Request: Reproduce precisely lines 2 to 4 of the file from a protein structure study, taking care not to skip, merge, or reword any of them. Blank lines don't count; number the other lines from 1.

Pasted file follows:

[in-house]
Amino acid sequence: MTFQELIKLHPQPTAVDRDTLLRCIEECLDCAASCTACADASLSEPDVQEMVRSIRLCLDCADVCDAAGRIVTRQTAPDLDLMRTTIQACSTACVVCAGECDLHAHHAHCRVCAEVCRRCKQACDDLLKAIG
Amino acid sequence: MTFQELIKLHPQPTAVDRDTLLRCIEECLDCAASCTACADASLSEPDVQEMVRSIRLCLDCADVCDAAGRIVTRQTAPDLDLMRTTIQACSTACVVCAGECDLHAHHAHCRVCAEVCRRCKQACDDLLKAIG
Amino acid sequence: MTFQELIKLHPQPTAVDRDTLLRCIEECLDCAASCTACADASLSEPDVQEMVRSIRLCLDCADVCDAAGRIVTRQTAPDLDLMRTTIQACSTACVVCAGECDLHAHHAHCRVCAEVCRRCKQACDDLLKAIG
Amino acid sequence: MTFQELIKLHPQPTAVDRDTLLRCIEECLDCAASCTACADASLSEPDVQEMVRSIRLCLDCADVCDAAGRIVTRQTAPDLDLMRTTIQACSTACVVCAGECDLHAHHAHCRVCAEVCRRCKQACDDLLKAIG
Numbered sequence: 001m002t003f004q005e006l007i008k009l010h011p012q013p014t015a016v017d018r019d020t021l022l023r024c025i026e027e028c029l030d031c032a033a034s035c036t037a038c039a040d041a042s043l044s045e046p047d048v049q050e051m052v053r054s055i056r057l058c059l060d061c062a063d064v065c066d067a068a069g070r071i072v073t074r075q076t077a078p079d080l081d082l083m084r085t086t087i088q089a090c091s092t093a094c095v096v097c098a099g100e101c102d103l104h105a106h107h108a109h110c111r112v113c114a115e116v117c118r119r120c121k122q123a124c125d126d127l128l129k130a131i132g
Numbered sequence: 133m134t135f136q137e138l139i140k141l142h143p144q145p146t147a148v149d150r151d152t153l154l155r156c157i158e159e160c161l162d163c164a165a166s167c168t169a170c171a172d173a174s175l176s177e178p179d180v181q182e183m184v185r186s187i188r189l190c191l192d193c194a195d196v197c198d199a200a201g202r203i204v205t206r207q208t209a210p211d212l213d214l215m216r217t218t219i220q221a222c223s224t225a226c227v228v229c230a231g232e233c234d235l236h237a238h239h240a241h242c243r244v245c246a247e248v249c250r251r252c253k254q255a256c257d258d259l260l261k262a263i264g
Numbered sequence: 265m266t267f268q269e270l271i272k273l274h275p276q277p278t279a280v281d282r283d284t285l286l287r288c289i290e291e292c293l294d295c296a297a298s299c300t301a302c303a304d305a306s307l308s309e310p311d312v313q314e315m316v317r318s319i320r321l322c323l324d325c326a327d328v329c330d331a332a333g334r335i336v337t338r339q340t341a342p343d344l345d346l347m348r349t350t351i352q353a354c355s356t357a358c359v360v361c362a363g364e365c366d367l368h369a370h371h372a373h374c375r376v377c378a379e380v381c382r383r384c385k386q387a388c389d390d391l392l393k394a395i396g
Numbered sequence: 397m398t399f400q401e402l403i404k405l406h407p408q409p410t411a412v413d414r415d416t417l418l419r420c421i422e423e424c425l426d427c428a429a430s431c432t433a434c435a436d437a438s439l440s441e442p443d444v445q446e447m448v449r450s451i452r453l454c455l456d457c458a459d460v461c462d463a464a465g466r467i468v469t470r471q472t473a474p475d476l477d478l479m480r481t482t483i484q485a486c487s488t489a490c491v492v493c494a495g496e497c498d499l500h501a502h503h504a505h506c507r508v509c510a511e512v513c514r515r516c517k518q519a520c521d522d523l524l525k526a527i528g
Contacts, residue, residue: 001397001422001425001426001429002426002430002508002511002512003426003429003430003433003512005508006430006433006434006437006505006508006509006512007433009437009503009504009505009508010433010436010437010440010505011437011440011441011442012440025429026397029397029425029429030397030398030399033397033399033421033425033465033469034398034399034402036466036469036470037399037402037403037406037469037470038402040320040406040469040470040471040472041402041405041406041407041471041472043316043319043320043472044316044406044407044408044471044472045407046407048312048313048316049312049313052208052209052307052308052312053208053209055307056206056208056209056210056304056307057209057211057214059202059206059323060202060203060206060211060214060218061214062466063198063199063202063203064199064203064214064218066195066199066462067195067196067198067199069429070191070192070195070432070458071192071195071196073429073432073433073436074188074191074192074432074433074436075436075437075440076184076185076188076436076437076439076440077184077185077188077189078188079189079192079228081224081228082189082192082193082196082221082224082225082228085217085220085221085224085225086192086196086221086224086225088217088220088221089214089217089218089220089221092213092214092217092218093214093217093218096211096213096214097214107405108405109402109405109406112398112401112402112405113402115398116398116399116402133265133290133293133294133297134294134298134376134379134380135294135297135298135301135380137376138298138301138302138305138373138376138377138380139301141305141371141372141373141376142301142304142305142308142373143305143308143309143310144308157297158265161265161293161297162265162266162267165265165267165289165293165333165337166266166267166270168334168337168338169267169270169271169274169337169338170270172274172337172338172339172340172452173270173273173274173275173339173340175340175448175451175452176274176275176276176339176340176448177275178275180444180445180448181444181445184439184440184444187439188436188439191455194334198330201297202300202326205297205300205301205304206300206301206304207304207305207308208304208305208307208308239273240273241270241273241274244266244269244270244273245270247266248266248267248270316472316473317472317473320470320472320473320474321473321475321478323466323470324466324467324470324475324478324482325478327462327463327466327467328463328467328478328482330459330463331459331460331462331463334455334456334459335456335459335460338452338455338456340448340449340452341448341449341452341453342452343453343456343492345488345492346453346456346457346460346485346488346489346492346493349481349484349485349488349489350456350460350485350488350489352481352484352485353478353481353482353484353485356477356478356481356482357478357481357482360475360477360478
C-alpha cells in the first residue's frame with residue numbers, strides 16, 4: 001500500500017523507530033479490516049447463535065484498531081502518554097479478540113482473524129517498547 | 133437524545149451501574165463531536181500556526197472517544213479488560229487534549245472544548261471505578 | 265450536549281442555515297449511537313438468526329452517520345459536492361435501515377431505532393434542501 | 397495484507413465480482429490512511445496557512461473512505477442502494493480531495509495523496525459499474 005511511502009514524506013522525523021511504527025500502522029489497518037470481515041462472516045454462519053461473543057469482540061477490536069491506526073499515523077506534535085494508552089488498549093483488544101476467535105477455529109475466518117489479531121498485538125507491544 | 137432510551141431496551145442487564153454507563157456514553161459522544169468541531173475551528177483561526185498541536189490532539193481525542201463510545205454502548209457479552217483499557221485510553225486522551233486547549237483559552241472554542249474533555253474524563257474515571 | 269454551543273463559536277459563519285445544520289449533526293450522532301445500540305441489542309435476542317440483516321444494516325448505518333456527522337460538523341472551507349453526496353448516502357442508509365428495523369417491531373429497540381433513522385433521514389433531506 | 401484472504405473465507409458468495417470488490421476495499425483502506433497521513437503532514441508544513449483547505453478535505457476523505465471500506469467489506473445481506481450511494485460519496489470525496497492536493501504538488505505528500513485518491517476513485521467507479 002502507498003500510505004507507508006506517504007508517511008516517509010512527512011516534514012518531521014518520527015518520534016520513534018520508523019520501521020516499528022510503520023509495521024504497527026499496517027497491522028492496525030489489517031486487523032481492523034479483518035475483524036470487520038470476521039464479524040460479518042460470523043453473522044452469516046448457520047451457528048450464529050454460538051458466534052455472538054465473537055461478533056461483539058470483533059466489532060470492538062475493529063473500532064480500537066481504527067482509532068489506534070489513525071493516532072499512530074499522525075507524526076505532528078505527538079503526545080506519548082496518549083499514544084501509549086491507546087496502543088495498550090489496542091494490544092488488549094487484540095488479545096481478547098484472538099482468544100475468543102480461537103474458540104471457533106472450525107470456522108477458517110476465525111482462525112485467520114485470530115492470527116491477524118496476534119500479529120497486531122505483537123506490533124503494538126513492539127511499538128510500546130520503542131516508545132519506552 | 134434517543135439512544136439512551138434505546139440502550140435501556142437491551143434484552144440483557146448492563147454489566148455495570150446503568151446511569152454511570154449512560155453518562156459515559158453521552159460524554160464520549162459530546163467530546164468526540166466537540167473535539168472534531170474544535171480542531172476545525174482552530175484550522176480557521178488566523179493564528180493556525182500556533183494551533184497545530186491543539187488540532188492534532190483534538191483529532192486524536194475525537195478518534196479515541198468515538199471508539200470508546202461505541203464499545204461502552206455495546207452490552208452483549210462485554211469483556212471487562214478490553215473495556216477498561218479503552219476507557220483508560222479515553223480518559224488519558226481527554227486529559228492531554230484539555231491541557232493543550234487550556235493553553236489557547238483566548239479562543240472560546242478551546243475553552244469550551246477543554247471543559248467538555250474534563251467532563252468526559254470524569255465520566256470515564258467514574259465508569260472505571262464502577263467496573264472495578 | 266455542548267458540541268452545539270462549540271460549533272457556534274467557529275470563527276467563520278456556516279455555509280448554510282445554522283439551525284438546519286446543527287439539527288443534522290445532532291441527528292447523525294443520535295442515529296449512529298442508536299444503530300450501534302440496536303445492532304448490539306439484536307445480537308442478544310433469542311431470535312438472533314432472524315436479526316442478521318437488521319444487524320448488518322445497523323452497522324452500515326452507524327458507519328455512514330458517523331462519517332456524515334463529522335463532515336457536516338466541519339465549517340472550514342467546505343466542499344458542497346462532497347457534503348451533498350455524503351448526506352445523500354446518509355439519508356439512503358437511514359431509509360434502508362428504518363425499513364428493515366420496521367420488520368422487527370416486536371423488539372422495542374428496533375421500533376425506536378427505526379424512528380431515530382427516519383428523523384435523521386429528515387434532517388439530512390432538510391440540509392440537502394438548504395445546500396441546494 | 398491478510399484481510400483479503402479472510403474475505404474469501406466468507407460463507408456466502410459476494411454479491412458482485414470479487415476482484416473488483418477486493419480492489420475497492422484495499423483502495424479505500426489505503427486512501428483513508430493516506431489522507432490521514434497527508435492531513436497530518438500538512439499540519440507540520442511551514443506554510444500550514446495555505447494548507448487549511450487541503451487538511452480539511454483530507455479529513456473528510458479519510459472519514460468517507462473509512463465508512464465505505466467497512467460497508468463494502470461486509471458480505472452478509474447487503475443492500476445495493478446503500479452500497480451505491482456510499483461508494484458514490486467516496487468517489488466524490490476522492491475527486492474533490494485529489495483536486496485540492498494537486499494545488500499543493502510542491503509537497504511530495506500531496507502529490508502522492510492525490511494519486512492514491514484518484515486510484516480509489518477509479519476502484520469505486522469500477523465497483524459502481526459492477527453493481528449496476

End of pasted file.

Amino acid sequence: MTFQELIKLHPQPTAVDRDTLLRCIEECLDCAASCTACADASLSEPDVQEMVRSIRLCLDCADVCDAAGRIVTRQTAPDLDLMRTTIQACSTACVVCAGECDLHAHHAHCRVCAEVCRRCKQACDDLLKAIG
Amino acid sequence: MTFQELIKLHPQPTAVDRDTLLRCIEECLDCAASCTACADASLSEPDVQEMVRSIRLCLDCADVCDAAGRIVTRQTAPDLDLMRTTIQACSTACVVCAGECDLHAHHAHCRVCAEVCRRCKQACDDLLKAIG
Amino acid sequence: MTFQELIKLHPQPTAVDRDTLLRCIEECLDCAASCTACADASLSEPDVQEMVRSIRLCLDCADVCDAAGRIVTRQTAPDLDLMRTTIQACSTACVVCAGECDLHAHHAHCRVCAEVCRRCKQACDDLLKAIG